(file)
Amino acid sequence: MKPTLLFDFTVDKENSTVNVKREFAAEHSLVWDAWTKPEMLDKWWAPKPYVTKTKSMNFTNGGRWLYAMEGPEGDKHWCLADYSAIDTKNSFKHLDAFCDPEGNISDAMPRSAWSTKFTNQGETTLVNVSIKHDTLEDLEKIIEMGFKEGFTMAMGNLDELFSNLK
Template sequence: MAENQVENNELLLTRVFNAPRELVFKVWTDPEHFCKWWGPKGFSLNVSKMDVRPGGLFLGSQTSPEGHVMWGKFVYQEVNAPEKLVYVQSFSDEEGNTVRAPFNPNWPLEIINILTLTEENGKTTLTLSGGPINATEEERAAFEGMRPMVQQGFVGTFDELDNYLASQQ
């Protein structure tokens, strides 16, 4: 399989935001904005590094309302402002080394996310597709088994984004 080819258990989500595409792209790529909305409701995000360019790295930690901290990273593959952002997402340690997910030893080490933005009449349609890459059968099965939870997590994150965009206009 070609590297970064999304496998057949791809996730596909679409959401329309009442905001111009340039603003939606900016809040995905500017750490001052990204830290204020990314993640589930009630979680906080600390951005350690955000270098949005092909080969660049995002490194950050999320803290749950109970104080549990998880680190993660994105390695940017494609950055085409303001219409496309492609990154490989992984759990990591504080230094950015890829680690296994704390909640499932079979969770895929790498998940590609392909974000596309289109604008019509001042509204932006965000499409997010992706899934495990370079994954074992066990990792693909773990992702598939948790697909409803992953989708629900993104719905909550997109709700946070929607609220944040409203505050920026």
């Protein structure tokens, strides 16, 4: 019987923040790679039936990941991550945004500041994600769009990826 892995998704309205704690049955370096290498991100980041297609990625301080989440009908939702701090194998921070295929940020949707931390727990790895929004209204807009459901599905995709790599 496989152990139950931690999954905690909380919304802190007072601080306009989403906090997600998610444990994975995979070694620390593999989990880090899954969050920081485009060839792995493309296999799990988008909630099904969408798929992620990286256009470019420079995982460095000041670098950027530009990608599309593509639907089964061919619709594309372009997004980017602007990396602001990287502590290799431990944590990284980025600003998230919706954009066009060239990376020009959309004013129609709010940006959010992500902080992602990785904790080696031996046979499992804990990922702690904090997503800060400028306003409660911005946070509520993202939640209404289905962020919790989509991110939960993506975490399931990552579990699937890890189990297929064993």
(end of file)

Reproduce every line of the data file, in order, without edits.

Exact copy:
Amino acid sequence: MKPTLLFDFTVDKENSTVNVKREFAAEHSLVWDAWTKPEMLDKWWAPKPYVTKTKSMNFTNGGRWLYAMEGPEGDKHWCLADYSAIDTKNSFKHLDAFCDPEGNISDAMPRSAWSTKFTNQGETTLVNVSIKHDTLEDLEKIIEMGFKEGFTMAMGNLDELFSNLK
Template sequence: MAENQVENNELLLTRVFNAPRELVFKVWTDPEHFCKWWGPKGFSLNVSKMDVRPGGLFLGSQTSPEGHVMWGKFVYQEVNAPEKLVYVQSFSDEEGNTVRAPFNPNWPLEIINILTLTEENGKTTLTLSGGPINATEEERAAFEGMRPMVQQGFVGTFDELDNYLASQQ
């Protein structure tokens, strides 16, 4: 399989935001904005590094309302402002080394996310597709088994984004 080819258990989500595409792209790529909305409701995000360019790295930690901290990273593959952002997402340690997910030893080490933005009449349609890459059968099965939870997590994150965009206009 070609590297970064999304496998057949791809996730596909679409959401329309009442905001111009340039603003939606900016809040995905500017750490001052990204830290204020990314993640589930009630979680906080600390951005350690955000270098949005092909080969660049995002490194950050999320803290749950109970104080549990998880680190993660994105390695940017494609950055085409303001219409496309492609990154490989992984759990990591504080230094950015890829680690296994704390909640499932079979969770895929790498998940590609392909974000596309289109604008019509001042509204932006965000499409997010992706899934495990370079994954074992066990990792693909773990992702598939948790697909409803992953989708629900993104719905909550997109709700946070929607609220944040409203505050920026």
């Protein structure tokens, strides 16, 4: 019987923040790679039936990941991550945004500041994600769009990826 892995998704309205704690049955370096290498991100980041297609990625301080989440009908939702701090194998921070295929940020949707931390727990790895929004209204807009459901599905995709790599 496989152990139950931690999954905690909380919304802190007072601080306009989403906090997600998610444990994975995979070694620390593999989990880090899954969050920081485009060839792995493309296999799990988008909630099904969408798929992620990286256009470019420079995982460095000041670098950027530009990608599309593509639907089964061919619709594309372009997004980017602007990396602001990287502590290799431990944590990284980025600003998230919706954009066009060239990376020009959309004013129609709010940006959010992500902080992602990785904790080696031996046979499992804990990922702690904090997503800060400028306003409660911005946070509520993202939640209404289905962020919790989509991110939960993506975490399931990552579990699937890890189990297929064993």